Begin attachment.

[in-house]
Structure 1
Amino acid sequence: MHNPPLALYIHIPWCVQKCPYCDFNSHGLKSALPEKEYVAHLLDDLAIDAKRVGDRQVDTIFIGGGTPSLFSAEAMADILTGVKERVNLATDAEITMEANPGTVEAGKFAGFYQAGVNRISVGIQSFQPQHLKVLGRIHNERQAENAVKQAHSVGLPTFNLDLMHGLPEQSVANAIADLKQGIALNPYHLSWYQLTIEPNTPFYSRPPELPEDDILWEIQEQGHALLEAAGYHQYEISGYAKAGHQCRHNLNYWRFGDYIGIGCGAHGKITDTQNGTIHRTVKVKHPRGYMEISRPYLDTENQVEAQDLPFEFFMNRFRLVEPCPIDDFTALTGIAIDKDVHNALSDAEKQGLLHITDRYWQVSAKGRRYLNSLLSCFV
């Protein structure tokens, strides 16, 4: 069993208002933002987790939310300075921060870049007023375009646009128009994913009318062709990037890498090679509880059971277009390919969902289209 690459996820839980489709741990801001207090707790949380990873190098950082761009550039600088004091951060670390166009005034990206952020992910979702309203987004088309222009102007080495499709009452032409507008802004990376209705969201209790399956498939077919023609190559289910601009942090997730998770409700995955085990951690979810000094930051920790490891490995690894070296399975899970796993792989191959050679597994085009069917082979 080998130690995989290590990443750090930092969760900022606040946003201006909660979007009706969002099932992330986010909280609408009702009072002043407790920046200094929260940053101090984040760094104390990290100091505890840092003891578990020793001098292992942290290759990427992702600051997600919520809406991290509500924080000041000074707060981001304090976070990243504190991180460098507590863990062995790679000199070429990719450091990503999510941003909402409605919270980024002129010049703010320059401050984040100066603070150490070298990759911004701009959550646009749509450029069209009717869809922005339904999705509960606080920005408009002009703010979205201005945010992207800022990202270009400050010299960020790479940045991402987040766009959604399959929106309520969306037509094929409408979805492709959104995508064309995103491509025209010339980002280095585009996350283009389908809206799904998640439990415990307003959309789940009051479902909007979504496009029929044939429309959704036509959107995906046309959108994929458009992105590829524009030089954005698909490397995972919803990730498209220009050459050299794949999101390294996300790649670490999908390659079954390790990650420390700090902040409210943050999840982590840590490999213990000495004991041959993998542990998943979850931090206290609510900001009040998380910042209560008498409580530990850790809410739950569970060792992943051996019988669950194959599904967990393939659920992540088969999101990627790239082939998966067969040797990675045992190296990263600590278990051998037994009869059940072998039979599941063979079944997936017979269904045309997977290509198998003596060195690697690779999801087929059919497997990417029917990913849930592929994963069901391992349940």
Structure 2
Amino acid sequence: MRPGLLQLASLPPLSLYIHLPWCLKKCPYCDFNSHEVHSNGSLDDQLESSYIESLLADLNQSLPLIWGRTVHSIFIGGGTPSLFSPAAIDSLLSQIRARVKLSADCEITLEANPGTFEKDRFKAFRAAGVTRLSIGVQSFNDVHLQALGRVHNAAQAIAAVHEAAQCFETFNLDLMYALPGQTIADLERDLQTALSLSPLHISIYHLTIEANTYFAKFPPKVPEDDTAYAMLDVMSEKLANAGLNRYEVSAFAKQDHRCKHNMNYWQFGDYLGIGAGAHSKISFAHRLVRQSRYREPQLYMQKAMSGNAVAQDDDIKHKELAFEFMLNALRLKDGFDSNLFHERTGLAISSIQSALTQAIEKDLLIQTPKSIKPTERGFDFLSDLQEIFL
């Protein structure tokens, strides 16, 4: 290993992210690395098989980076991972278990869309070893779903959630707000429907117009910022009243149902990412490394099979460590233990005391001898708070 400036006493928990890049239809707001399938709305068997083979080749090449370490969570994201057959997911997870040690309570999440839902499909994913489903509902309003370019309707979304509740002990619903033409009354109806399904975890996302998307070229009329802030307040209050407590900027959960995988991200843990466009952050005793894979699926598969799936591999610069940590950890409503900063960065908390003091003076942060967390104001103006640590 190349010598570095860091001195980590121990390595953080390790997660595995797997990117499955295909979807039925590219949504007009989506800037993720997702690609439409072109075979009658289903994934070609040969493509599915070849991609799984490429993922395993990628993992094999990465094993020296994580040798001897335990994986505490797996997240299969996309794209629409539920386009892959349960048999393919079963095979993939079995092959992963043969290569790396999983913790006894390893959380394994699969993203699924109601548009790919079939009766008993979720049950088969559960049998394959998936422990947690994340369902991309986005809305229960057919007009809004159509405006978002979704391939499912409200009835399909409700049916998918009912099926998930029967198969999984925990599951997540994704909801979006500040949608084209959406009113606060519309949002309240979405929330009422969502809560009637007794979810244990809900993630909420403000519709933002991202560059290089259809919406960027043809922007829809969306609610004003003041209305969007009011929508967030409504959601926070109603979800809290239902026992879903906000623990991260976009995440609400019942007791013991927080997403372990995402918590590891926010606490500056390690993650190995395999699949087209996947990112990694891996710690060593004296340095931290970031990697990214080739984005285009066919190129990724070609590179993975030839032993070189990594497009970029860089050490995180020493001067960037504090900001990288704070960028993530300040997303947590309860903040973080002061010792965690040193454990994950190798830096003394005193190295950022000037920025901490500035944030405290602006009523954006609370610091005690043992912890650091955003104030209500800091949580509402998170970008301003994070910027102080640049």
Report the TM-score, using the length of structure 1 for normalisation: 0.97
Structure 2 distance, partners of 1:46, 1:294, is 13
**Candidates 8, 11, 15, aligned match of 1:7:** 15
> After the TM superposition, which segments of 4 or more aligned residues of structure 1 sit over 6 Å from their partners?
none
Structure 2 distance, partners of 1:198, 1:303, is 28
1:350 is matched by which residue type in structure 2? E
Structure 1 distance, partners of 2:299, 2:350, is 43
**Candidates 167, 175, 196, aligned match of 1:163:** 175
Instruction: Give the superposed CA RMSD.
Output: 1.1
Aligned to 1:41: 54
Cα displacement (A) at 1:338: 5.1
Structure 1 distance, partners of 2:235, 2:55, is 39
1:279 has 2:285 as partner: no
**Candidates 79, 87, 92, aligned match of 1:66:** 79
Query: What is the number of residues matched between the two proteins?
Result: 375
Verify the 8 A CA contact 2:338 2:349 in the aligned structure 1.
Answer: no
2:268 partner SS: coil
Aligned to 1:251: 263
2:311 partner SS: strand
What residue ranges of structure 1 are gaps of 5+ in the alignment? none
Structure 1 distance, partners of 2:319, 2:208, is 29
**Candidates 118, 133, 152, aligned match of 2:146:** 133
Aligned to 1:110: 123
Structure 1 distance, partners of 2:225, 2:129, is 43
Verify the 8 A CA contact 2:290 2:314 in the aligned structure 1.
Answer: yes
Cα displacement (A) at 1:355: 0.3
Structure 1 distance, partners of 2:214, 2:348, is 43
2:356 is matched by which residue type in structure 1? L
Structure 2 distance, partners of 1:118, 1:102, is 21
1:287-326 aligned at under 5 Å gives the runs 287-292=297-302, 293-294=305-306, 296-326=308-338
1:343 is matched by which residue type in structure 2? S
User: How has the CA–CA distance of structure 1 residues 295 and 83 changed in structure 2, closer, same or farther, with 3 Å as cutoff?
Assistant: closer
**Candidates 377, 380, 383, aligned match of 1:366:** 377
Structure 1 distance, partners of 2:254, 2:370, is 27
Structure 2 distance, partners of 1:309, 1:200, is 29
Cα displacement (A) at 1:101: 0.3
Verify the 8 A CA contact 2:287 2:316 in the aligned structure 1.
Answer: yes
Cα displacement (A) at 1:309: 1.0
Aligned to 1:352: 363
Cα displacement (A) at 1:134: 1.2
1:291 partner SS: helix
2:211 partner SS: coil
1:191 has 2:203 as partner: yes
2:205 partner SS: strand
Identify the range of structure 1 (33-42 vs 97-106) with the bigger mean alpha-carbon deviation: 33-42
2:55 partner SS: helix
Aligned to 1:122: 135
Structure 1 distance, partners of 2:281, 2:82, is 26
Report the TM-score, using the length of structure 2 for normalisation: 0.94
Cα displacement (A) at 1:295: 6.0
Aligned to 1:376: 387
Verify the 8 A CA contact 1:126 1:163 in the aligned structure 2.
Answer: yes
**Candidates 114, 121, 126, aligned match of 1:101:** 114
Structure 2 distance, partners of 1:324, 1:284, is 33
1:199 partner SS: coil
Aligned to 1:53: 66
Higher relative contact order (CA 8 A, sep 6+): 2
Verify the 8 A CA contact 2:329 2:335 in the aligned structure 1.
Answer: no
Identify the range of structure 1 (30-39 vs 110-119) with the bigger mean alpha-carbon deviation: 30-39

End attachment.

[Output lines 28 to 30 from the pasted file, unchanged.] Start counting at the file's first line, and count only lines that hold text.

2:268 partner SS: coil
Aligned to 1:251: 263
2:311 partner SS: strand